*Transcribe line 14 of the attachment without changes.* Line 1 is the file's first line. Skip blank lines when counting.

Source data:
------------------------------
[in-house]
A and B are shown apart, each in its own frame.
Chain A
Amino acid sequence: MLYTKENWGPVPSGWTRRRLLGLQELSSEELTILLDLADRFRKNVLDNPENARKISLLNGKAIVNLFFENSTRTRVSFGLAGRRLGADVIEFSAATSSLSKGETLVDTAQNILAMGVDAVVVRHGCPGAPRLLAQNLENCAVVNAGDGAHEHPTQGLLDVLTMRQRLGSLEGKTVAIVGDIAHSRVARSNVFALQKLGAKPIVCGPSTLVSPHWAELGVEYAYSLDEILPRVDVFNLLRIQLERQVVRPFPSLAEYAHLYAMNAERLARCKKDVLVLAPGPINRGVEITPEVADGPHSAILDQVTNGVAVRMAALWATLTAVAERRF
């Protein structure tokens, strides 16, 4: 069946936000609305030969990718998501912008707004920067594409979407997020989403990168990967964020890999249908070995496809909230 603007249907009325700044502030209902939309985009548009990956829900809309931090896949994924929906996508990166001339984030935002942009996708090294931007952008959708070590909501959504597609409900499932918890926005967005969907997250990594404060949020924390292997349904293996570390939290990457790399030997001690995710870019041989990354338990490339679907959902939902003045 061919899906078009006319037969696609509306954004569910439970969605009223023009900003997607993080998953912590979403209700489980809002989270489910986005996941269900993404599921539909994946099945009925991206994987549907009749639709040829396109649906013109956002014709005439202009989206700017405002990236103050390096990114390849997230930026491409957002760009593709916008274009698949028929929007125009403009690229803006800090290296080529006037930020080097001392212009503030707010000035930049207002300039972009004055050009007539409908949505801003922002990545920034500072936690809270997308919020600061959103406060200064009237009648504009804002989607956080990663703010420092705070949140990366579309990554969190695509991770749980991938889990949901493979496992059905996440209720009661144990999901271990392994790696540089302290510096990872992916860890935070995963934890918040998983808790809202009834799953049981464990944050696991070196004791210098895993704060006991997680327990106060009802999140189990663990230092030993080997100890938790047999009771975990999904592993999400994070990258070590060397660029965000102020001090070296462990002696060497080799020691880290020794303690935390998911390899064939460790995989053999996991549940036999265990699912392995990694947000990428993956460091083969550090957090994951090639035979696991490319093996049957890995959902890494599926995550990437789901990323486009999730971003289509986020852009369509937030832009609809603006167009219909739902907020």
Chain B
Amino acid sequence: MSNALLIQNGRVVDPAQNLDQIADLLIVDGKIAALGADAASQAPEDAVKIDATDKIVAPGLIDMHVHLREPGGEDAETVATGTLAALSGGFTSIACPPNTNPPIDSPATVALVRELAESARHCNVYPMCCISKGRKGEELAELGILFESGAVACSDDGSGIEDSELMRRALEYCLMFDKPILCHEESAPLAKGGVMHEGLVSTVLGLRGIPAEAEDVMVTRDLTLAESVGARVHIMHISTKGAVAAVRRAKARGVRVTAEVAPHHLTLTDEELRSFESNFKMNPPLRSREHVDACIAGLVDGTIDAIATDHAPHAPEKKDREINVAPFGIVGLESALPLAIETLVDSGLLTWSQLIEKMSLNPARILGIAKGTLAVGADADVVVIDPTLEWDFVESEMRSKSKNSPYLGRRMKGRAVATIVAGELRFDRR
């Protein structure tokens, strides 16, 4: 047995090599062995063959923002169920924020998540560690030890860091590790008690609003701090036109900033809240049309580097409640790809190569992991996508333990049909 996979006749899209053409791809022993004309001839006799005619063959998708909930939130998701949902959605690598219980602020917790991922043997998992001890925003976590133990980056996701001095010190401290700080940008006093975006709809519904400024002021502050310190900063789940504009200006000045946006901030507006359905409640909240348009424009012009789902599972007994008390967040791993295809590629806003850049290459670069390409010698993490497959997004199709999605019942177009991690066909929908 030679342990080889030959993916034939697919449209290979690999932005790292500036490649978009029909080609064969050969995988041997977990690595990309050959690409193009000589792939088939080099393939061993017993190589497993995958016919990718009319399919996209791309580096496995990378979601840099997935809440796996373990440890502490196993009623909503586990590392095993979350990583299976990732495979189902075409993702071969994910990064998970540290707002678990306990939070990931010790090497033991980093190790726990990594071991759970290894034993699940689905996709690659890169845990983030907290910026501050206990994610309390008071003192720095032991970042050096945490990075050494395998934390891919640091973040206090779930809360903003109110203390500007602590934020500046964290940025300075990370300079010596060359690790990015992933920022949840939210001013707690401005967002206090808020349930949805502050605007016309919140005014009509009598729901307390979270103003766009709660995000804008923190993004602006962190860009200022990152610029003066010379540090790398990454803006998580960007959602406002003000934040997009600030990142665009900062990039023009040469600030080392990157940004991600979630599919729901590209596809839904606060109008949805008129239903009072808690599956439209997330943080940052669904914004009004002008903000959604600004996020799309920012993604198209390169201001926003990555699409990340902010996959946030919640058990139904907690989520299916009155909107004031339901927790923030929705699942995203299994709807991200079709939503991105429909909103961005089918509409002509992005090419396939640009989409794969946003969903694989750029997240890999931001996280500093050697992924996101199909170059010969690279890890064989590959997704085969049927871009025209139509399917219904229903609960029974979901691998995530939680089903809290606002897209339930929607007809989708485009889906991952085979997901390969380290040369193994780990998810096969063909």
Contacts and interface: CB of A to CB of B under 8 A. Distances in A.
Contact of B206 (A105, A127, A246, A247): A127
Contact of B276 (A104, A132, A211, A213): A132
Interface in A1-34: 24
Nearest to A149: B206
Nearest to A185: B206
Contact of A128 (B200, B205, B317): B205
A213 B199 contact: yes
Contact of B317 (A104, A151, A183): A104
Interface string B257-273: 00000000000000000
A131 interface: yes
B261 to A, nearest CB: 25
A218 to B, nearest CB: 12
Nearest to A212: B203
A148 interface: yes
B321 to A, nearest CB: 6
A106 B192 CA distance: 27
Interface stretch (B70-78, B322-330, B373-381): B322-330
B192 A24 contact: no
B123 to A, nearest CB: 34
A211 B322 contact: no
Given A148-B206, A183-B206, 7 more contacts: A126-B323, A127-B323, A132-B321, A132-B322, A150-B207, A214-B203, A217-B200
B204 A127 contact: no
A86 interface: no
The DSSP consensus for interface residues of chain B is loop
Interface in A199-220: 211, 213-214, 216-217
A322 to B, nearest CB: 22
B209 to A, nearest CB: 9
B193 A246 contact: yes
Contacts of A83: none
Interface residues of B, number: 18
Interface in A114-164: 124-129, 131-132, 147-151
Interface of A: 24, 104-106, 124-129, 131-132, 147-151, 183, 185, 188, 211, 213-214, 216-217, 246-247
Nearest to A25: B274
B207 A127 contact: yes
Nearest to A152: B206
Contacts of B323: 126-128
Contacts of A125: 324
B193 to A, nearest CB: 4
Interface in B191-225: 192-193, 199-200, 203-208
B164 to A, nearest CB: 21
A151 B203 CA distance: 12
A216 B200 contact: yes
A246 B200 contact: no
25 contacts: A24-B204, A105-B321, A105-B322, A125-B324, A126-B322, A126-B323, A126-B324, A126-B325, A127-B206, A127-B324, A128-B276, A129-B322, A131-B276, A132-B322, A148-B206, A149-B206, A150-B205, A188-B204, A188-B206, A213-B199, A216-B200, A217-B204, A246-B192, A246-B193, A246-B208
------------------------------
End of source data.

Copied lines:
Nearest to A185: B206